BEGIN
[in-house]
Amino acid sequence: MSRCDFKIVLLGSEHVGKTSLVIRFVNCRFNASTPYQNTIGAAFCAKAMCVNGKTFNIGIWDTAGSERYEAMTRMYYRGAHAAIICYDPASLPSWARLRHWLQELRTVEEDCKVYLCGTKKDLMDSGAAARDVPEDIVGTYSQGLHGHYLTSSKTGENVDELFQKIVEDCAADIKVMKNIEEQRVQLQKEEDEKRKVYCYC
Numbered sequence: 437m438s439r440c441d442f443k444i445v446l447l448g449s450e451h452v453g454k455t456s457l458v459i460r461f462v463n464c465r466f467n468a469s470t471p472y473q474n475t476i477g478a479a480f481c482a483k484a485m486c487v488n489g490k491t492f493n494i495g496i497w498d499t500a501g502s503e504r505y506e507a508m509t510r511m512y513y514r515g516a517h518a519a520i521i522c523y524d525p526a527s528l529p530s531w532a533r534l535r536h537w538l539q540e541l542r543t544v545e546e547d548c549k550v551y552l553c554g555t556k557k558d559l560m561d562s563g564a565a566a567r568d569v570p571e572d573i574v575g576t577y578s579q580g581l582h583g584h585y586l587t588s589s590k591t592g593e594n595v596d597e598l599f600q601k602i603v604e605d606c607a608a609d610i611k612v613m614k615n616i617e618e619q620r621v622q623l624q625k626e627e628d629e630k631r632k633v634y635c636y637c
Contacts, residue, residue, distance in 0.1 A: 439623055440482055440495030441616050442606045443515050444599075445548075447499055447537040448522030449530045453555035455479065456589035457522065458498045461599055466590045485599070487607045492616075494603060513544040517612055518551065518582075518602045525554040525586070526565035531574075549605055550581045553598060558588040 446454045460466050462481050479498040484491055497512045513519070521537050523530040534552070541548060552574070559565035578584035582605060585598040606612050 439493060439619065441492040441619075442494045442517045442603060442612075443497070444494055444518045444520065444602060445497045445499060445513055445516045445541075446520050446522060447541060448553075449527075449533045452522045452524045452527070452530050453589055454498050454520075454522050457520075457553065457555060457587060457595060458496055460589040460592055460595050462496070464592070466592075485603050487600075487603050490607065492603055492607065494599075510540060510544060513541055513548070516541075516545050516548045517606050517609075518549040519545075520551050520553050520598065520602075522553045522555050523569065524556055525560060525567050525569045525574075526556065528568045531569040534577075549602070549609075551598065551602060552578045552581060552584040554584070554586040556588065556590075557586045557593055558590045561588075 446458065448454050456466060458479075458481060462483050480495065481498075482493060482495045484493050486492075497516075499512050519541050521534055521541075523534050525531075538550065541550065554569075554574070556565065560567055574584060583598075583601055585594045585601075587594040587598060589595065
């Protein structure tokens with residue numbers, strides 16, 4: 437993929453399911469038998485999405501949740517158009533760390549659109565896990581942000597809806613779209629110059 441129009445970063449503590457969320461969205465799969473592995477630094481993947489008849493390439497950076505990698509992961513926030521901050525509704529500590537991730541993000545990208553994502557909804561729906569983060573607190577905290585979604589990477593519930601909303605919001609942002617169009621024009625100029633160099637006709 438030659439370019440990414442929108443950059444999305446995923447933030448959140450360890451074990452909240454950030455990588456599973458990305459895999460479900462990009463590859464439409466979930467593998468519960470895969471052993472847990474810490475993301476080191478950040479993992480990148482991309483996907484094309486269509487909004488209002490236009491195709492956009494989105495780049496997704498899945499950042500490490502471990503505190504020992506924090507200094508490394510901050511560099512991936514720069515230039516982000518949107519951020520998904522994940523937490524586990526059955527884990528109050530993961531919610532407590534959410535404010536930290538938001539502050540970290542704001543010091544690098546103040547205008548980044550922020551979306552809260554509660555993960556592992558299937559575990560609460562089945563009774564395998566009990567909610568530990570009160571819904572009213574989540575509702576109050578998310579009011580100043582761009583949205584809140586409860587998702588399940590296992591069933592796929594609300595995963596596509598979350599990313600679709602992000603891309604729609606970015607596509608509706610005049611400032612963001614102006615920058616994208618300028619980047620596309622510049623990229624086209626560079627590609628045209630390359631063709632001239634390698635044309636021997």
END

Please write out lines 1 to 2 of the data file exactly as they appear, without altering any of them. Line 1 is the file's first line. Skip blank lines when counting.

[in-house]
Amino acid sequence: MSRCDFKIVLLGSEHVGKTSLVIRFVNCRFNASTPYQNTIGAAFCAKAMCVNGKTFNIGIWDTAGSERYEAMTRMYYRGAHAAIICYDPASLPSWARLRHWLQELRTVEEDCKVYLCGTKKDLMDSGAAARDVPEDIVGTYSQGLHGHYLTSSKTGENVDELFQKIVEDCAADIKVMKNIEEQRVQLQKEEDEKRKVYCYC